“Hope of Salvation” in many places affirms the reality of original sin and the necessity of baptism. “Sacramental baptism is necessary because it is the ordinary means through which a person shares the beneficial affects of Jesus’ death and resurrection” (HS 10). The key phrase is “ordinary means.” In cases of urgency or necessity, God often provides extraordinary means to accomplish his will. Though water baptism is the ordinary means by which God transmits sanctifying grace, the Church teaches that there are other ways. The realities of baptism of blood and baptism of desire are affirmed by the Catechism (CCC 1258). Citing Gaudium et Spes, the Catechism also explains that “Every man who is ignorant of the Gospel of Christ and of his Church, but seeks the truth and does the will of God in accordance with his understanding of it, can be saved” (CCC 1260). It is in this same context that the Catechism offers us the “hope that there is a way of salvation for children who have died without baptism” (CCC 1261).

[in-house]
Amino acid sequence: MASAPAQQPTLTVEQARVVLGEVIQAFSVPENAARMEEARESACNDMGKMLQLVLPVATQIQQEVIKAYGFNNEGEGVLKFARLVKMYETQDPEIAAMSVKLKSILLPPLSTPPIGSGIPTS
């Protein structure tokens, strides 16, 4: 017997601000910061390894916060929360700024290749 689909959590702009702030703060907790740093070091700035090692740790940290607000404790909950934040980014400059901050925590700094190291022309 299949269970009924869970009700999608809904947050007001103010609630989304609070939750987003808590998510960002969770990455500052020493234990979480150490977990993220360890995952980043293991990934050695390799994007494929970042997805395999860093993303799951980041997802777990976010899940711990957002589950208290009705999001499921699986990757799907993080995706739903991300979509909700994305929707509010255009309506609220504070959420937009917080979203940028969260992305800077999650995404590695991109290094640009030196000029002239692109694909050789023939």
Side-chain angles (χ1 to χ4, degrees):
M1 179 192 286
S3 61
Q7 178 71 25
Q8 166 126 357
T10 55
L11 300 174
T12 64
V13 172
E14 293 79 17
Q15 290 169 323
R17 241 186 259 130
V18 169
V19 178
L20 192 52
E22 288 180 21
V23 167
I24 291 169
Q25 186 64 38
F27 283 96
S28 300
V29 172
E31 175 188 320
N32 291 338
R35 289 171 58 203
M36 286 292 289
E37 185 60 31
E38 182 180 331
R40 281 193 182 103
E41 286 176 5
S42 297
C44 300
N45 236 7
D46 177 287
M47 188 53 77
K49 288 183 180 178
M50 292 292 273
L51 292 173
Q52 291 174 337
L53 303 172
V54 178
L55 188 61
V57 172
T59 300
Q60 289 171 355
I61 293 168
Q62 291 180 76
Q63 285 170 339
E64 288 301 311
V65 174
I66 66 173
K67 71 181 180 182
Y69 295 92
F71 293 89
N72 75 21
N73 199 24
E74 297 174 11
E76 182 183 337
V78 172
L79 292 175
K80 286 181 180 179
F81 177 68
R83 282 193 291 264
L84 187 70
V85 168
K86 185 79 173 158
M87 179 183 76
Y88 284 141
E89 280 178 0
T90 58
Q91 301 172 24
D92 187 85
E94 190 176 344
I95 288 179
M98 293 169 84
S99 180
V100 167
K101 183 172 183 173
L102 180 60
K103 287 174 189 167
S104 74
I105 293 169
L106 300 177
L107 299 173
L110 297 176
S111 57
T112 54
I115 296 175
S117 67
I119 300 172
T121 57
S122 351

None of this, however, can be understood to imply that baptism is not necessary, for the Catechism states, “The Church does not know of any means other than baptism that assures entry into eternal beatitude . . . God has bound salvation to the sacrament of baptism, but he himself is not bound by his sacrament” (CCC 1257).
The Catechism tells us that it is reasonable to hope that God provides a way of salvation for infants who die without being baptized. It is a hope rooted in Christ, who instructed that we must be like children to enter the kingdom of God and said, “Let the children come to me” (Mark 10:14-15). “Hope of Salvation” simply provides possible theological reasons for this hope. The ITC readily admits that “these are reasons for prayerful hope, rather than grounds for sure knowledge” (HS 102).